WHEN THERMOREGULATION FAILS
The body’s thermoregulatory center located in the hypothalamus normally maintains core body temperature between 97.5°F (36.5°C) and 99.5°F (37.5°C). When body temperature declines, heat production increases by shivering, and heat loss is reduced by decreasing cutaneous blood flow.
Accidental hypothermia is defined as an unintentional fall in body temperature below 95°F (35°C). The coordinated systems responsible for thermoregulation start to fail. Heat loss through radiation, conduction, convection, respiration, and evaporation occurs because compensatory physiologic mechanisms are both limited and impaired.
Schizophrenia and the hypothalamus
Over the course of 6 months before her death, Ms. B. showed evidence of both thermoregulatory dysfunction and autonomic nervous system instability. We do not know if these hypothalamic problems were separate from, or intrinsic parts of, her schizophrenia.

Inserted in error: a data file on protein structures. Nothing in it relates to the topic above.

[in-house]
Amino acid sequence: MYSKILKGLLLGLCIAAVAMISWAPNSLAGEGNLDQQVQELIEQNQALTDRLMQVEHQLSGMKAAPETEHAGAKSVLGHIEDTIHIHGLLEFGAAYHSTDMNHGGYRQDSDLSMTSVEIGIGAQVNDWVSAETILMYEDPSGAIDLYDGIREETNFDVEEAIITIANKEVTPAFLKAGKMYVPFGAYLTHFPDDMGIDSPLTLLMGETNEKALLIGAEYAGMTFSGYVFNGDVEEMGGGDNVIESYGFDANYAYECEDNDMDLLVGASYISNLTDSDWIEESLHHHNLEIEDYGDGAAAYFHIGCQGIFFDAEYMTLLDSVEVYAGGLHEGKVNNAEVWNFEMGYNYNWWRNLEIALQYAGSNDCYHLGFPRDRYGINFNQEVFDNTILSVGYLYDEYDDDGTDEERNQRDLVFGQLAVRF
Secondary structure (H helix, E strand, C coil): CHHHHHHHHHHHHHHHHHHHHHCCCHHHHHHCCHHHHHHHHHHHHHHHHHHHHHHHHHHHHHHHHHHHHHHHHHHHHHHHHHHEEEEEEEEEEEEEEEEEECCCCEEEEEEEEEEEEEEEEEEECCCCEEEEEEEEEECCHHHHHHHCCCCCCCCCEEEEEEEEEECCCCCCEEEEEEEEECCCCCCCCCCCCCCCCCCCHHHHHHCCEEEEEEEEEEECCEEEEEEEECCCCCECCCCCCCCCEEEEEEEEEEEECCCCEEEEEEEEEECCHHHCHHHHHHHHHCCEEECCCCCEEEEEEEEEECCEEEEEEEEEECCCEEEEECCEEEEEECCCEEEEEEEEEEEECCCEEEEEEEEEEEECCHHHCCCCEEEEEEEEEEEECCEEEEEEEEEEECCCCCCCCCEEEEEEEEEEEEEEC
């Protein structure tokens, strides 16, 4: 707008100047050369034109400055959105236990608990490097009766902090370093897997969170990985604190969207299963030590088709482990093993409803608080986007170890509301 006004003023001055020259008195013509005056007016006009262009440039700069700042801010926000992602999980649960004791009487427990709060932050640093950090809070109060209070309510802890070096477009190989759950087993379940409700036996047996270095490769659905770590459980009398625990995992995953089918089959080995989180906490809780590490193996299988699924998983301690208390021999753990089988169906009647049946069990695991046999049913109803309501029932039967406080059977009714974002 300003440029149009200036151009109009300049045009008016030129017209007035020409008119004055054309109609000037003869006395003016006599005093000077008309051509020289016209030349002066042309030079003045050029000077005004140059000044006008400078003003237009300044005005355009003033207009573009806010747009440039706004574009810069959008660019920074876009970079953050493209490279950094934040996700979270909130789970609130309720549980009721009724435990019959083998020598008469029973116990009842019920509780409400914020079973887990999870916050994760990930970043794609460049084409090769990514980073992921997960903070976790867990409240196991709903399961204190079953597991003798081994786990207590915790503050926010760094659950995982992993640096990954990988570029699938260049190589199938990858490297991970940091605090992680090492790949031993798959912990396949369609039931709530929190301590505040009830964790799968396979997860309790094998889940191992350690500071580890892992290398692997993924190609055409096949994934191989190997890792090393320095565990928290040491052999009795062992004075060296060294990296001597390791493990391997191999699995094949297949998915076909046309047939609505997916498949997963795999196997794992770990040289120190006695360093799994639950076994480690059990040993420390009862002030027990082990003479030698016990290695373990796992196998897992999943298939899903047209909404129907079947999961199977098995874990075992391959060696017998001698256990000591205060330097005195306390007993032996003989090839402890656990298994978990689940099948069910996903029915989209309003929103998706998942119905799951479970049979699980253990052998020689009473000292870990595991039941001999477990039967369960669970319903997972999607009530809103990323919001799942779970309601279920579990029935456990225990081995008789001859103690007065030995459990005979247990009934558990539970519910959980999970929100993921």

The hypothalamus regulates autonomic, endocrine, and visceral function. Hypothalamic dysfunction may be an intrinsic part of schizophrenia. Such dysfunction occurs most commonly in the periventricular and supraoptic nuclei of the hypothalamus. 2 These areas are adjacent to hypothalamic areas regulating body temperature. 3
Lesions in anterior parts of the hypothalamus (temperaturesensitive neurons in the preoptic nuclei—located close to nuclei controlling thirst and osmotic regulation) may induce hyperthermia, impairing heat-dissipating mechanisms including vasodilatation and sweating. Lesions in posterior parts of the hypothalamus may impair heat conservation and heat production mechanisms and induce hypothermia. 4
Associated medical problems